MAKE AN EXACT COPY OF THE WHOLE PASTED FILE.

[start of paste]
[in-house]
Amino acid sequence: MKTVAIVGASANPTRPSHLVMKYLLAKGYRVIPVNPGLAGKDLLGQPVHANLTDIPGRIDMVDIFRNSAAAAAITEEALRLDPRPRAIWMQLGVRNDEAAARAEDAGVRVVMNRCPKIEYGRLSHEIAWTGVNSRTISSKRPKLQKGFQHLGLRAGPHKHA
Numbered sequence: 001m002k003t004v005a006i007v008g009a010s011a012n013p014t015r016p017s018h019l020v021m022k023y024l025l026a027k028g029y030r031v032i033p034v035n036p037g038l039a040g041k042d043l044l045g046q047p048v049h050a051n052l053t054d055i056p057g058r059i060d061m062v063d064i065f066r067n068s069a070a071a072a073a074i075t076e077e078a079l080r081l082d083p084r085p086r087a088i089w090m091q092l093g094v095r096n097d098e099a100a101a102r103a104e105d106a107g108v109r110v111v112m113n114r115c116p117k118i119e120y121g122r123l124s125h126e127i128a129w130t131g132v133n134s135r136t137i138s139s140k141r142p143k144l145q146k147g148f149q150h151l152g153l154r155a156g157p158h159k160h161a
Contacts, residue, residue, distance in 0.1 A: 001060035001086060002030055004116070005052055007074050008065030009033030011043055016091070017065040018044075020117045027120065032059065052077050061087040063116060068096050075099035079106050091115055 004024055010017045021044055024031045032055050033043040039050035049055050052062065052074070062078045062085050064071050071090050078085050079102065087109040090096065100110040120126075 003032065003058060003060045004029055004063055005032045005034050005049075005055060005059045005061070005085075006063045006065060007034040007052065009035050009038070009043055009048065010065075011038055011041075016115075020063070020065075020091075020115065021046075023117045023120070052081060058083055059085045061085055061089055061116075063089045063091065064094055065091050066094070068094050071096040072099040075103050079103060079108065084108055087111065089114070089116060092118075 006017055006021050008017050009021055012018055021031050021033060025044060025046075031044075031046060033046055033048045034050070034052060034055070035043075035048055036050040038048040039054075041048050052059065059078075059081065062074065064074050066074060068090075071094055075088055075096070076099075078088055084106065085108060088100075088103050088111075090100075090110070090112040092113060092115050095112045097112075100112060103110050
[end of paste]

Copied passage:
[in-house]
Amino acid sequence: MKTVAIVGASANPTRPSHLVMKYLLAKGYRVIPVNPGLAGKDLLGQPVHANLTDIPGRIDMVDIFRNSAAAAAITEEALRLDPRPRAIWMQLGVRNDEAAARAEDAGVRVVMNRCPKIEYGRLSHEIAWTGVNSRTISSKRPKLQKGFQHLGLRAGPHKHA
Numbered sequence: 001m002k003t004v005a006i007v008g009a010s011a012n013p014t015r016p017s018h019l020v021m022k023y024l025l026a027k028g029y030r031v032i033p034v035n036p037g038l039a040g041k042d043l044l045g046q047p048v049h050a051n052l053t054d055i056p057g058r059i060d061m062v063d064i065f066r067n068s069a070a071a072a073a074i075t076e077e078a079l080r081l082d083p084r085p086r087a088i089w090m091q092l093g094v095r096n097d098e099a100a101a102r103a104e105d106a107g108v109r110v111v112m113n114r115c116p117k118i119e120y121g122r123l124s125h126e127i128a129w130t131g132v133n134s135r136t137i138s139s140k141r142p143k144l145q146k147g148f149q150h151l152g153l154r155a156g157p158h159k160h161a
Contacts, residue, residue, distance in 0.1 A: 001060035001086060002030055004116070005052055007074050008065030009033030011043055016091070017065040018044075020117045027120065032059065052077050061087040063116060068096050075099035079106050091115055 004024055010017045021044055024031045032055050033043040039050035049055050052062065052074070062078045062085050064071050071090050078085050079102065087109040090096065100110040120126075 003032065003058060003060045004029055004063055005032045005034050005049075005055060005059045005061070005085075006063045006065060007034040007052065009035050009038070009043055009048065010065075011038055011041075016115075020063070020065075020091075020115065021046075023117045023120070052081060058083055059085045061085055061089055061116075063089045063091065064094055065091050066094070068094050071096040072099040075103050079103060079108065084108055087111065089114070089116060092118075 006017055006021050008017050009021055012018055021031050021033060025044060025046075031044075031046060033046055033048045034050070034052060034055070035043075035048055036050040038048040039054075041048050052059065059078075059081065062074065064074050066074060068090075071094055075088055075096070076099075078088055084106065085108060088100075088103050088111075090100075090110070090112040092113060092115050095112045097112075100112060103110050